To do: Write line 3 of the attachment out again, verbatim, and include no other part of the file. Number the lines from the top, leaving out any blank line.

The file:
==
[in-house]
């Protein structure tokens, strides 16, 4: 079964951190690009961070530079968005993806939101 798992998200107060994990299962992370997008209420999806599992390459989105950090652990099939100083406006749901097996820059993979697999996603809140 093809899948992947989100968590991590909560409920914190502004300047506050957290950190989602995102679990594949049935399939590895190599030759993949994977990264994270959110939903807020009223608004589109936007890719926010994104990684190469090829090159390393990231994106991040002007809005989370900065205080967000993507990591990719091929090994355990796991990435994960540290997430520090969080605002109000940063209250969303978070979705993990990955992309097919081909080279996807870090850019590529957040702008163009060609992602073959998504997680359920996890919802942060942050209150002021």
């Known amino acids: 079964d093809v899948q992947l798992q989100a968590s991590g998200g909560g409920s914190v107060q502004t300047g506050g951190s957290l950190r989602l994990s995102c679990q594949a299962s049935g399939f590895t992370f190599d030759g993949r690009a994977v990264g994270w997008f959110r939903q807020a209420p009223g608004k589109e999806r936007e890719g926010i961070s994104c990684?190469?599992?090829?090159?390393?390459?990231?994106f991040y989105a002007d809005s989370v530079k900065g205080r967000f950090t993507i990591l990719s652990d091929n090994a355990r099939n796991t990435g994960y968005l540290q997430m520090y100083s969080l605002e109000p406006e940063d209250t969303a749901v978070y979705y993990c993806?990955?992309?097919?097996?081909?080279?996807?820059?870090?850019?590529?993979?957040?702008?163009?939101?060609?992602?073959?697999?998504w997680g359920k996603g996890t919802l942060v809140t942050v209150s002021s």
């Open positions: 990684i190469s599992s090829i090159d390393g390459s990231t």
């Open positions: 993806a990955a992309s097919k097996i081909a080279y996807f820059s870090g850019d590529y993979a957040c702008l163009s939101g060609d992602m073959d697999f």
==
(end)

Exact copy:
């Known amino acids: 079964d093809v899948q992947l798992q989100a968590s991590g998200g909560g409920s914190v107060q502004t300047g506050g951190s957290l950190r989602l994990s995102c679990q594949a299962s049935g399939f590895t992370f190599d030759g993949r690009a994977v990264g994270w997008f959110r939903q807020a209420p009223g608004k589109e999806r936007e890719g926010i961070s994104c990684?190469?599992?090829?090159?390393?390459?990231?994106f991040y989105a002007d809005s989370v530079k900065g205080r967000f950090t993507i990591l990719s652990d091929n090994a355990r099939n796991t990435g994960y968005l540290q997430m520090y100083s969080l605002e109000p406006e940063d209250t969303a749901v978070y979705y993990c993806?990955?992309?097919?097996?081909?080279?996807?820059?870090?850019?590529?993979?957040?702008?163009?939101?060609?992602?073959?697999?998504w997680g359920k996603g996890t919802l942060v809140t942050v209150s002021s």